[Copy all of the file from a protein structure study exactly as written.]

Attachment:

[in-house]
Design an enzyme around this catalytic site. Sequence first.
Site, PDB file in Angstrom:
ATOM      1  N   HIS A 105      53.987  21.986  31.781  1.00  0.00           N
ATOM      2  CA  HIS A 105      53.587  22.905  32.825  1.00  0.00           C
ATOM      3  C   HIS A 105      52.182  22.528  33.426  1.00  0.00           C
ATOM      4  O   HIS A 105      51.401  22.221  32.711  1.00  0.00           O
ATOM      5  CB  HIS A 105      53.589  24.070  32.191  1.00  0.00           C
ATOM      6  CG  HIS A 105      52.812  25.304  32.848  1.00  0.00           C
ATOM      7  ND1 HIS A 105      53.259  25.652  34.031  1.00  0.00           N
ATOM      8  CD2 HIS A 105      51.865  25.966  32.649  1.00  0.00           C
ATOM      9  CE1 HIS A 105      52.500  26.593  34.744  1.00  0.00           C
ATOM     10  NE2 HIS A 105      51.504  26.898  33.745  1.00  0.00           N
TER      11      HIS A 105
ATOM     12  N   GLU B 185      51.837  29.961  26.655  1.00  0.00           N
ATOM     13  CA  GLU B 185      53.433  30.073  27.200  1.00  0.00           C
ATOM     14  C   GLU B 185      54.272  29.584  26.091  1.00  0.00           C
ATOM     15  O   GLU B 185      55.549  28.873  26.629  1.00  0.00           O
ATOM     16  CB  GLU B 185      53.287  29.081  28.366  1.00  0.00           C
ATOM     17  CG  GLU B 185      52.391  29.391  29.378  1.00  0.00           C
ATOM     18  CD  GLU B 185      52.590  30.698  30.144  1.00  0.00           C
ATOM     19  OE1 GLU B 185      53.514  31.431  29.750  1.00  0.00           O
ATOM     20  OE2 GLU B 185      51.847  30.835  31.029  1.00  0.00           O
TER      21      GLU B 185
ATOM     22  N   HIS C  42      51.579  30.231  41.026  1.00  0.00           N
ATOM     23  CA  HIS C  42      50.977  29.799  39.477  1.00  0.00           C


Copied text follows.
[in-house]
Design an enzyme around this catalytic site. Sequence first.
Site, PDB file in Angstrom:
ATOM      1  N   HIS A 105      53.987  21.986  31.781  1.00  0.00           N
ATOM      2  CA  HIS A 105      53.587  22.905  32.825  1.00  0.00           C
ATOM      3  C   HIS A 105      52.182  22.528  33.426  1.00  0.00           C
ATOM      4  O   HIS A 105      51.401  22.221  32.711  1.00  0.00           O
ATOM      5  CB  HIS A 105      53.589  24.070  32.191  1.00  0.00           C
ATOM      6  CG  HIS A 105      52.812  25.304  32.848  1.00  0.00           C
ATOM      7  ND1 HIS A 105      53.259  25.652  34.031  1.00  0.00           N
ATOM      8  CD2 HIS A 105      51.865  25.966  32.649  1.00  0.00           C
ATOM      9  CE1 HIS A 105      52.500  26.593  34.744  1.00  0.00           C
ATOM     10  NE2 HIS A 105      51.504  26.898  33.745  1.00  0.00           N
TER      11      HIS A 105
ATOM     12  N   GLU B 185      51.837  29.961  26.655  1.00  0.00           N
ATOM     13  CA  GLU B 185      53.433  30.073  27.200  1.00  0.00           C
ATOM     14  C   GLU B 185      54.272  29.584  26.091  1.00  0.00           C
ATOM     15  O   GLU B 185      55.549  28.873  26.629  1.00  0.00           O
ATOM     16  CB  GLU B 185      53.287  29.081  28.366  1.00  0.00           C
ATOM     17  CG  GLU B 185      52.391  29.391  29.378  1.00  0.00           C
ATOM     18  CD  GLU B 185      52.590  30.698  30.144  1.00  0.00           C
ATOM     19  OE1 GLU B 185      53.514  31.431  29.750  1.00  0.00           O
ATOM     20  OE2 GLU B 185      51.847  30.835  31.029  1.00  0.00           O
TER      21      GLU B 185
ATOM     22  N   HIS C  42      51.579  30.231  41.026  1.00  0.00           N
ATOM     23  CA  HIS C  42      50.977  29.799  39.477  1.00  0.00           C